If anyone in attendance at a public ritual behaves inappropriately towards you, speak up. The organisers can tell the offender to leave, or call the police if needed.
Private covens – private covens usually meet in a private residence or other private venue by arrangement. Unlike public rituals, private rituals run by covens may be more in-depth, hence an oath of silence. All covens require new members to undergo initiation rites to varying degrees. Some covens may have age restrictions, or at the very least will require parental consent from minors. They may also have various prerequisites that must be met before being initiated. They want to make sure that you will be a good fit in their group, and that your joining them will enhance not only your own workings, but the overall workings of the group as a whole. Be patient, if there is a group that you really want to work with, they will grant you admission. I am an initiated member of a ceremonial magick group, and it took a good nine months before I was initiated into that group.
Workshops – New Age/occult retail outlets such as the Esoteric Bookshop in Vermont, Victoria, and The Modern Witch based in Sydney, regularly run workshops in relation to all things witchy. Some organisers will have regulars that attend several workshops through the course of the year.
Social gatherings – There are social gatherings for young and old alike, organised by various pagan and Wiccan community groups. If you are at least 18 years of age, there are Pagans in the Pub meetups in various cities across Australia. (If the venue is at a pub where minors are permitted if accompanied by a parent or guardian, and you can get your dear ole’ Mum or Dad to tag along, all the better.) A Google search of “Pagans in the Pub” with your city should point you in the right direction. Some occult/New Age retail outlets will even organise the occasional open day, with the purpose of socialising and also having items available for purchase. House of Hexenn is one such retail outlet.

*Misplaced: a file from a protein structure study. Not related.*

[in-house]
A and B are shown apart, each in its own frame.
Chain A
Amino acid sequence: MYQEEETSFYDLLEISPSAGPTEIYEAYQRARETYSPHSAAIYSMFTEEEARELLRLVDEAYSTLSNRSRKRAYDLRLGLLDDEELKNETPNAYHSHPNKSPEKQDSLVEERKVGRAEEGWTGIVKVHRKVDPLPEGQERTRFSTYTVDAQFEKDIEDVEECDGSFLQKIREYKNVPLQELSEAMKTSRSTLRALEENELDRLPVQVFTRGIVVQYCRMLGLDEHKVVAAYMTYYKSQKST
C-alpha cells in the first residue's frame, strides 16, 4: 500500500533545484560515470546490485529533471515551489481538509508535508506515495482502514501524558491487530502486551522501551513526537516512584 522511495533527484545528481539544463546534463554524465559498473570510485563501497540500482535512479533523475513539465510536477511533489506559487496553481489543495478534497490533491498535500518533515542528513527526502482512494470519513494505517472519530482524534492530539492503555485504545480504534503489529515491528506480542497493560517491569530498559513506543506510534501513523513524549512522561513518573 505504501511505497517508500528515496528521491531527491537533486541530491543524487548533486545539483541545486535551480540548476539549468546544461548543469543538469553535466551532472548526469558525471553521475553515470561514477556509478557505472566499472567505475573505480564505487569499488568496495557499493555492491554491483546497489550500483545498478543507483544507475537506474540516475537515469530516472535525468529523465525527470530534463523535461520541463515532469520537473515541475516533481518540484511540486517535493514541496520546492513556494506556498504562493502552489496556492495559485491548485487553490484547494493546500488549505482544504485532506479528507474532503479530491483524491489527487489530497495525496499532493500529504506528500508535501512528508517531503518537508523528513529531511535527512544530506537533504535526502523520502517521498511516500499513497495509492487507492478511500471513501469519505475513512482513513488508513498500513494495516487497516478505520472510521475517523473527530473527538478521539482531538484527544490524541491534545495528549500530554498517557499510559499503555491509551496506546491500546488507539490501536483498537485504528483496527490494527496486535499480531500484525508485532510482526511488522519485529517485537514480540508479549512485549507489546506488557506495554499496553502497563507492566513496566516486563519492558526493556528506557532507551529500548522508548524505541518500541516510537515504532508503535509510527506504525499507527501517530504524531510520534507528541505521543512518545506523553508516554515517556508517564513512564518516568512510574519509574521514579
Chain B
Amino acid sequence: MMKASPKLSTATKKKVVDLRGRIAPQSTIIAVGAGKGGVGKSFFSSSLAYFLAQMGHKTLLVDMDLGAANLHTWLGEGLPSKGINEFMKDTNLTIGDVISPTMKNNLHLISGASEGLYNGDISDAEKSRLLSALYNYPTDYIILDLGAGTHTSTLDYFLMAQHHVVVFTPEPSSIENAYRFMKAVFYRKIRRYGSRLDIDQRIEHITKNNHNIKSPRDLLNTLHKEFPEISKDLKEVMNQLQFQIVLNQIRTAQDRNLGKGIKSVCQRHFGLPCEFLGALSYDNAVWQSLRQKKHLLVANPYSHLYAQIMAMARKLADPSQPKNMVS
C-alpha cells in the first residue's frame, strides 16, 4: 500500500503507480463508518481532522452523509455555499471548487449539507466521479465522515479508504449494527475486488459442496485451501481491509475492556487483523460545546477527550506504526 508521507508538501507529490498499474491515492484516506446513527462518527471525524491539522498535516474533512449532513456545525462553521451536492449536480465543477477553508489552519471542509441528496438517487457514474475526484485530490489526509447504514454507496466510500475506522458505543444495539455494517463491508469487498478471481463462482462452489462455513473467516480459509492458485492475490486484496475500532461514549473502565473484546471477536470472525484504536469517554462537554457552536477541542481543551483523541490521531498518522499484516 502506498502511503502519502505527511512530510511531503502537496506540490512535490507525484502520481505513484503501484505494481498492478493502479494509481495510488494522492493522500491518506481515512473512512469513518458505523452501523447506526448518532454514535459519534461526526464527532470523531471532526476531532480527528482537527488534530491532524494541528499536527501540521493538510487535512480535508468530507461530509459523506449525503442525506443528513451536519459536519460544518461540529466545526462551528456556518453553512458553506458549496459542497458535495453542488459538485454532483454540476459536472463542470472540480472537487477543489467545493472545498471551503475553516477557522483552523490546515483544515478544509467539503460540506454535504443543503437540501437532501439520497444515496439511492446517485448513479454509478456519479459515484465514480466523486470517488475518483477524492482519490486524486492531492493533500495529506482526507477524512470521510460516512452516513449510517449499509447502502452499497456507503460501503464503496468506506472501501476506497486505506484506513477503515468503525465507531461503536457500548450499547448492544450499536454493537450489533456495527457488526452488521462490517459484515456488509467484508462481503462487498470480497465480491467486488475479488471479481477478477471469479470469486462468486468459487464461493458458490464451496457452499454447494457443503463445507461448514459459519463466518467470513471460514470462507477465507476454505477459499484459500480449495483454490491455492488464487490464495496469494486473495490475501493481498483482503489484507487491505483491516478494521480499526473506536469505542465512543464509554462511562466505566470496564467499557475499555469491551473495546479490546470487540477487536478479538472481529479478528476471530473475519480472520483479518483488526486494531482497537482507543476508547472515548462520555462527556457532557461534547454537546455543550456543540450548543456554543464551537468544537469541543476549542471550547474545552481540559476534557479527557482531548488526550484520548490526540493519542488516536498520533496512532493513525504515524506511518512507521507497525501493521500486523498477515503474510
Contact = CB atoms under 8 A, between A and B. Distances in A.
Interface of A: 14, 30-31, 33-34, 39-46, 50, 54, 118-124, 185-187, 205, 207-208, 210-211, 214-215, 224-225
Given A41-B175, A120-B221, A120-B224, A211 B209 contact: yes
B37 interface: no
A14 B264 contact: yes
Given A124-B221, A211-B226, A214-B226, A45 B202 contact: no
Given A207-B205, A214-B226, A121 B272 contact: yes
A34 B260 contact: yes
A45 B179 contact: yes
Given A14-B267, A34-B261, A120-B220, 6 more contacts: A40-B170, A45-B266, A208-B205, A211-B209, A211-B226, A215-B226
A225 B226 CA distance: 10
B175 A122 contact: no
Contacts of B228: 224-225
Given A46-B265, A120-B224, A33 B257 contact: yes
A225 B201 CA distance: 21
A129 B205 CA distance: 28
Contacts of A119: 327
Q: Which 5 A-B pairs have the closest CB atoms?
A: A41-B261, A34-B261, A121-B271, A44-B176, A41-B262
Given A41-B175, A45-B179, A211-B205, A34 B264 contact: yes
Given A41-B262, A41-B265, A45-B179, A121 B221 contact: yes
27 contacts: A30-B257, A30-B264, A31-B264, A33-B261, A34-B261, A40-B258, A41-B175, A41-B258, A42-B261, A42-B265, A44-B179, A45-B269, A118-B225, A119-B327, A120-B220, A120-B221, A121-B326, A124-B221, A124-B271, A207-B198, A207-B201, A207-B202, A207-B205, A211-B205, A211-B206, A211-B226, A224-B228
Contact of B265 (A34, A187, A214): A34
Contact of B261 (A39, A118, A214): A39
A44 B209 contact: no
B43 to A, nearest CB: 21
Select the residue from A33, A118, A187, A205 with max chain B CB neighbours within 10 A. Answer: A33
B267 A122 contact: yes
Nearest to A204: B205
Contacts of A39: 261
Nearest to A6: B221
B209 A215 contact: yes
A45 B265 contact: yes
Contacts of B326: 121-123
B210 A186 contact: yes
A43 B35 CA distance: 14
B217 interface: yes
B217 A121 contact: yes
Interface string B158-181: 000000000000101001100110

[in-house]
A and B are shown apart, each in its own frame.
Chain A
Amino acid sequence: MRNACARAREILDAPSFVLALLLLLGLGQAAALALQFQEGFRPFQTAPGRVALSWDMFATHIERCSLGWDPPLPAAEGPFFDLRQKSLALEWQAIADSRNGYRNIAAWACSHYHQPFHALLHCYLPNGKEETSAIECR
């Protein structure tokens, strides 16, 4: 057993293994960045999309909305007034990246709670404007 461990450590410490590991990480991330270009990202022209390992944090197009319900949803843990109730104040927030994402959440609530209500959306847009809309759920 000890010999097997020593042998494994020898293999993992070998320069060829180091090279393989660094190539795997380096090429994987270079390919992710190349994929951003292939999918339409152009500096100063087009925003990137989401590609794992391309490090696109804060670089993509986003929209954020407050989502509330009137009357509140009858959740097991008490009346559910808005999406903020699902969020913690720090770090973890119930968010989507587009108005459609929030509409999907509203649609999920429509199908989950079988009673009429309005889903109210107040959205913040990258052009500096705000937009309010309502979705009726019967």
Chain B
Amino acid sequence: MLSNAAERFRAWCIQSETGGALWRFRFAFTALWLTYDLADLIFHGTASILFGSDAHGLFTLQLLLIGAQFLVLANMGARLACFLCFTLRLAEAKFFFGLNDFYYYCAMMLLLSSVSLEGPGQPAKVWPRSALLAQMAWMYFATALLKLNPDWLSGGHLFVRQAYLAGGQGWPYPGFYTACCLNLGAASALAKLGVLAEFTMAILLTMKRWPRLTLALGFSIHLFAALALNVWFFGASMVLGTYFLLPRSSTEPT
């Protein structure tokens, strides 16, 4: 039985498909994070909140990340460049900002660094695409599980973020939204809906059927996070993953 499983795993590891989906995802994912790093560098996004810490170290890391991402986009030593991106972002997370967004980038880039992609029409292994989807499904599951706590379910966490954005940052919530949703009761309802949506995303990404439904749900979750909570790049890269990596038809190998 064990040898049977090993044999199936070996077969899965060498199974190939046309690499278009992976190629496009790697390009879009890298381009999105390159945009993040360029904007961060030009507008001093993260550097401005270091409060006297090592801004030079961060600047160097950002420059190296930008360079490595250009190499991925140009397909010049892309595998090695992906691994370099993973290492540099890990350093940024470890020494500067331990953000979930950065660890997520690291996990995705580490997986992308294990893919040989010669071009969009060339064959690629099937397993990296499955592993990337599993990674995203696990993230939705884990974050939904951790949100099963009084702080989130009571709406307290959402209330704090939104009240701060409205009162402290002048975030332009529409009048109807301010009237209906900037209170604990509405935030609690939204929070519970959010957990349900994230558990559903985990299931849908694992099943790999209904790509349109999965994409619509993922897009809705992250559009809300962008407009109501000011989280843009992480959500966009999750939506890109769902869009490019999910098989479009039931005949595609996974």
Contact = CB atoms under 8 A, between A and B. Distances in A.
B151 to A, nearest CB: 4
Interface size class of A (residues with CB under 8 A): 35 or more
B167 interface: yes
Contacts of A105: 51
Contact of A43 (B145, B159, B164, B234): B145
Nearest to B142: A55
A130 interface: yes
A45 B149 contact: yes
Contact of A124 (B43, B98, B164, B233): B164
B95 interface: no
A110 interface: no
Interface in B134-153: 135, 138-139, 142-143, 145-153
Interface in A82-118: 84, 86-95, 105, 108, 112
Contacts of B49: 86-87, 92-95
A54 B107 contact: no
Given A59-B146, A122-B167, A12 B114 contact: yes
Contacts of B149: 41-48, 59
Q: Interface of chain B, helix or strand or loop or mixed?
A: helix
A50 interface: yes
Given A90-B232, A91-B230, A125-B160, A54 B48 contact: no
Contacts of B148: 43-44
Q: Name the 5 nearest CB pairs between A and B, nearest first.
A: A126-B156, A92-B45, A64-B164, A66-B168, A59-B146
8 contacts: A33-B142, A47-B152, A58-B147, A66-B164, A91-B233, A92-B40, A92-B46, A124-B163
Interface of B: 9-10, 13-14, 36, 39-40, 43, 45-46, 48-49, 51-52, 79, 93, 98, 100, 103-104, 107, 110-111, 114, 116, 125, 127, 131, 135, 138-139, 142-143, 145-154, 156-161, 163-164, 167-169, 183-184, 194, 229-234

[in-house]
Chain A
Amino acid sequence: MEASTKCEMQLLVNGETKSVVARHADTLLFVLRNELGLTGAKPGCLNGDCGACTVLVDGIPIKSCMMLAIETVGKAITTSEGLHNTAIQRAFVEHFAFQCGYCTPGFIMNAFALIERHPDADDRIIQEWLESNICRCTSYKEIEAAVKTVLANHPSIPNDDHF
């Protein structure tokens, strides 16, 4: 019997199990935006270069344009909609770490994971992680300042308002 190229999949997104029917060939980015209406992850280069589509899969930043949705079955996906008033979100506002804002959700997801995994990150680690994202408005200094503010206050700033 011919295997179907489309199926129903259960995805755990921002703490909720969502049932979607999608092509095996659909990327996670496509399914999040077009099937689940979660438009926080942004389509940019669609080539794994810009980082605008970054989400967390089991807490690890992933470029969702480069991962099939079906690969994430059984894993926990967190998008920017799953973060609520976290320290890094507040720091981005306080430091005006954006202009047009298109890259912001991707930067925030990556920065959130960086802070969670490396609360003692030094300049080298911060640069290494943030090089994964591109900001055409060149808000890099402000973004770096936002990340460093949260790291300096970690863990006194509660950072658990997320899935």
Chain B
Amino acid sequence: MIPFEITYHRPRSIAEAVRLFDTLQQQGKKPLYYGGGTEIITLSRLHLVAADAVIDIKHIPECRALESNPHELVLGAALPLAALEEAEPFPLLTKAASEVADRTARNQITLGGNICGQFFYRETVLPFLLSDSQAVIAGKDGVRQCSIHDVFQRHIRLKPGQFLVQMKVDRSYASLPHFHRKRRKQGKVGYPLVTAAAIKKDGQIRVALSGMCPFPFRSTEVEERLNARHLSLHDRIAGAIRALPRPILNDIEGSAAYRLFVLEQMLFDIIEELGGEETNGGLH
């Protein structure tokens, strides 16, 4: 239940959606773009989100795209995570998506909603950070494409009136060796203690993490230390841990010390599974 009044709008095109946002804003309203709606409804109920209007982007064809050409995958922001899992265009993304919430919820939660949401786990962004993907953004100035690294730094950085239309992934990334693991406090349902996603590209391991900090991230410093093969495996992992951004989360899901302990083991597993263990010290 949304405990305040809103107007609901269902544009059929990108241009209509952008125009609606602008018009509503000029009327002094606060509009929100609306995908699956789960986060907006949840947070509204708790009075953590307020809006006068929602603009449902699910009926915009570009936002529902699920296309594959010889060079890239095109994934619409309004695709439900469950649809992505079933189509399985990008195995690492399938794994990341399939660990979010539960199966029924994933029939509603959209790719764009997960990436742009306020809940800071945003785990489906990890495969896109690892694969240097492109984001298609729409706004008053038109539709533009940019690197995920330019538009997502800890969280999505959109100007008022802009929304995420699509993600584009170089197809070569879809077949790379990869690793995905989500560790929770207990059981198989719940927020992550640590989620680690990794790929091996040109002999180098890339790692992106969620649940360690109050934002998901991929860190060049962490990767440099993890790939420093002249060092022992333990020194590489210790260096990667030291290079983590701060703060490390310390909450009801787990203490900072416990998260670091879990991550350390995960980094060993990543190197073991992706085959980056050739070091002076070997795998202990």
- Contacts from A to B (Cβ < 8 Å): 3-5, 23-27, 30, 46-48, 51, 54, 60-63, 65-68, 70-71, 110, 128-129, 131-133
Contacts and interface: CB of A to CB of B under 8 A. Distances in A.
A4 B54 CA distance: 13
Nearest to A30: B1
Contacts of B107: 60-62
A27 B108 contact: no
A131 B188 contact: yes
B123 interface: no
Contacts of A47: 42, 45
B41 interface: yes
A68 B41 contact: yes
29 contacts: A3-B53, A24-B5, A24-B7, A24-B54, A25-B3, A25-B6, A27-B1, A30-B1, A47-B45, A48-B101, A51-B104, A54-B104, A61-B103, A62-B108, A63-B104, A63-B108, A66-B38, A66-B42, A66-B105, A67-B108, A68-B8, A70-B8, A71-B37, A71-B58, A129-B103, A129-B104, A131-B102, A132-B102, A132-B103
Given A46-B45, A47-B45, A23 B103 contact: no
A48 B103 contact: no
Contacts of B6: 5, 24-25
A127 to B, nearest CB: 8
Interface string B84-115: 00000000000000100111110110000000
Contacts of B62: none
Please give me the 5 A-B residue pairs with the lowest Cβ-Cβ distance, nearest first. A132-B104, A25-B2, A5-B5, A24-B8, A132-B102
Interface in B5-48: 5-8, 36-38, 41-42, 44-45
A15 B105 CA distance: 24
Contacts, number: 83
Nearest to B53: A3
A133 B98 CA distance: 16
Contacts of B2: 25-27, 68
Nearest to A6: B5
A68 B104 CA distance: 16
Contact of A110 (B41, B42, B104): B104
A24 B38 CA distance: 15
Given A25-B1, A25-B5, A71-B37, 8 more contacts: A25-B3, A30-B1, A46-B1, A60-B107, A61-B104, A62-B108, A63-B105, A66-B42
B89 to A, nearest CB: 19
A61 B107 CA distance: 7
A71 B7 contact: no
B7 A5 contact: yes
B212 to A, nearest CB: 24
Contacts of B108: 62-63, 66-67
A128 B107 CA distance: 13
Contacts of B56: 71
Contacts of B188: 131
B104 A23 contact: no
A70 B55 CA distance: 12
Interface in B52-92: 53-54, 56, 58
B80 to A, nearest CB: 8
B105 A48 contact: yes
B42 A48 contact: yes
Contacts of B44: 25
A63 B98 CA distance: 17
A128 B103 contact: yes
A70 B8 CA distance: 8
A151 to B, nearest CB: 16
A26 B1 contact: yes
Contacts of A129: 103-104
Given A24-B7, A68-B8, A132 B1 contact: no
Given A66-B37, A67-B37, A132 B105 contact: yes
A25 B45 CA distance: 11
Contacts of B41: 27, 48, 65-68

The Mind Body Spirit Festival is the most widely known gathering of Wiccan, Pagan, New Age retailers, herbalists, psychics, tarot card readers, health food vendors and natural therapists, among others. View their website here. They also have seminars conducted by prominent figures in the Pagan/New Age community. At past MBS festivals, I have attended seminars by Stacey De Marco (The Modern Witch), tarot reader Paul Fenton-Smith and Rose Inserra, author of Dream Reading Cards: Discover the Purpose of Your Dreams and other books on dreams and dream interpretation, among others.
Security guards are on duty at all times during the MBS Festival, which in itself should act as a deterrent for any unsavoury behaviour, and deal with such behaviour should any problems arise. In my 5 years (2017 is going to be my 6th year) attending the Mind Body Spirit Festival, I have found the MBS festival generally safe, especially since I often go on my own. Ultimately it is up to the discretion of young people and their parents to decide whether to go – Melbourne MBS is at the Melbourne Exhibition Centre, near the Crown Casino, with plenty of cafes and a gelato bar along the Yarra River.
If you’re a young adult who has discovered Wicca, Paganism or other like path, exercise caution, trust your instincts and you will find people in whom you can put your trust. I discovered Wicca at age 14 and was lucky to have trustworthy mentors – and I want the same for you.